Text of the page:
Limited partnerships, a once popular investment vehicle initially created to help investors avoid paying taxes, and a vehicle used to retain high broker transaction fees, has become a diversification dinosaur that many believe will disappear completely in the next decade.
With primary partnerships (publicly traded offerings) and secondary partnerships (private offerings sold in some cases as a result of death or divorce) no longer being thought of as primary investment options, the state of the industry is somewhat up for debate.
“In every industry, there are highs and lows. Tax law changes caused limited partnership investments to fall out of favor with investors and their advisors, and many partnerships began to fail,” Neal Buckley, sales manager of Englewood, Colorado-based American Partnership Board, a secondary market broker, told us via e-mail. “While the stronger partnerships survived, limited partnerships . . . never truly recovered as an investment.”
A Fading Raison d’?tre?
Larger players in the primary market such as CNL, Wells Limited Partnerships, WP Carey, and Boston Capital all provide public offering and tax credit funds for anyone to invest in. But for those dealing in the secondary market, these larger investments no longer seem to make much sense.
Limited partnerships were never an efficient investment vehicle, says Dan Foreit, owner of A-1 Partnership Service Network in Indian Rocks Beach, Florida, a private LP placement broker. “I don’t think they ever were. Historically, the reason they put them together was to avoid paying taxes.” Currently Foreit only deals in the secondary market and works with a very small staff.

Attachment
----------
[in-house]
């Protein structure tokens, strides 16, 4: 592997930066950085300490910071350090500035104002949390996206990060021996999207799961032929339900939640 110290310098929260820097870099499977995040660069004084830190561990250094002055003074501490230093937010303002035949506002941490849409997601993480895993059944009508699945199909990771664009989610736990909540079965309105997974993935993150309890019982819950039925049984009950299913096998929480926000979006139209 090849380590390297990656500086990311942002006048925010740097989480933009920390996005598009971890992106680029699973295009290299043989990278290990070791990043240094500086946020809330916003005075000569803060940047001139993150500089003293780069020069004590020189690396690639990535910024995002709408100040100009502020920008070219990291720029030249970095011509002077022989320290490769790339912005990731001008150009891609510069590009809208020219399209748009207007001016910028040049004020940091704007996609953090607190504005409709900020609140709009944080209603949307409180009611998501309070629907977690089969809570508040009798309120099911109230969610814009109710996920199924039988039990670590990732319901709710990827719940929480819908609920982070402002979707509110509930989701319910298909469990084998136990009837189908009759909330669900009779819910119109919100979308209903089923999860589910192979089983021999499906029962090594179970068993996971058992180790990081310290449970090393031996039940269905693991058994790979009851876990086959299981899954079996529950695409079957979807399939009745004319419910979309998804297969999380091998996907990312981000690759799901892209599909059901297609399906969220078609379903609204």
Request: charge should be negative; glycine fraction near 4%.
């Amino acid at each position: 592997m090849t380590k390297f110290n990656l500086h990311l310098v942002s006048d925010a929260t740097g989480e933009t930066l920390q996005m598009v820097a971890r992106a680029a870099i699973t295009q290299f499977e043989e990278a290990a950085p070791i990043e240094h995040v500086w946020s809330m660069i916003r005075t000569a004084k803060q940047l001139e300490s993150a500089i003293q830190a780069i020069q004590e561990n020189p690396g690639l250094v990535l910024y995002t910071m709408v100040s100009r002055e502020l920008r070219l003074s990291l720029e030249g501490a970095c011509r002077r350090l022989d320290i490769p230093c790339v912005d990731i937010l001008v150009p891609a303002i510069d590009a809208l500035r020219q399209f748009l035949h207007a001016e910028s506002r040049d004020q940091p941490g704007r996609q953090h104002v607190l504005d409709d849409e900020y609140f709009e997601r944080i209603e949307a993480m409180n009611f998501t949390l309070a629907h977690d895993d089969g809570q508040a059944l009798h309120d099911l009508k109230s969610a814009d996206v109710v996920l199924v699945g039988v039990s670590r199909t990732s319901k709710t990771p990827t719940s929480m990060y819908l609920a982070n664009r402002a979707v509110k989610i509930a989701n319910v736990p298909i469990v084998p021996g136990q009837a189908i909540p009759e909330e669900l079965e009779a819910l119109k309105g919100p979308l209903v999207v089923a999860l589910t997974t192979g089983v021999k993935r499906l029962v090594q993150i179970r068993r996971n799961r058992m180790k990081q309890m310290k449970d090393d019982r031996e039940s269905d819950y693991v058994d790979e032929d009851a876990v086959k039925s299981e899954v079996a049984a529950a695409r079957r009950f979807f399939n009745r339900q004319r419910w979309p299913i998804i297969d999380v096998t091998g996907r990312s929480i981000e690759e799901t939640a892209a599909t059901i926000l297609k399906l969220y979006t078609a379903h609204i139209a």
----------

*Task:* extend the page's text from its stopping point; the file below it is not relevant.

“I don’t think they should ever resurrect the partnership format,” Foreit says. “It is too illiquid. It’s great for you and your ten doctor friends to buy a building somewhere in town and all live there,” he says. “But to parcel it out to the large wirehouses across the country makes no sense at all.”
“I deal with secondary level people waiting to trade, waiting for sellers, death, and divorce,” he continues. “That industry is shrinking. LPs created such a huge bubble in the 1980s, sat on it for a while, and then in the mid- to late-1990s started trading and people were sick of it.”
Many brokers [in the secondary market] really don’t care what they are buying and what they are selling, Foreit says. As long as they make their transaction fee and get their percentage they are happy. “I evaluate every single thing that I purchase. If I am buying it, it is because I want it. If I don’t want it, I don’t deal with it,” he says. “Now we are seeing that a lot of it has been moved, or consolidated, or it is coming full term and getting sold out and paid back.”
Paul Frain, owner of Frain Asset Management, in Seminole, Florida, agrees with Foreit that secondary markets hold more opportunity for investors than the primary markets. As a secondary market maker for all publicly traded partnership units–typically in oil, gas, real estate, cable television, equipment leasing, and tax credits–he says that because he trades LPs at discounts, there are some good opportunities for investors. “You are buying an investment that is already invested, so you know what the portfolio consists of,” says Frain. “You know what the risk, net asset value, and earned cash flow are, and you are buying it at a discount. So it is actually a lower-risk type of investing.”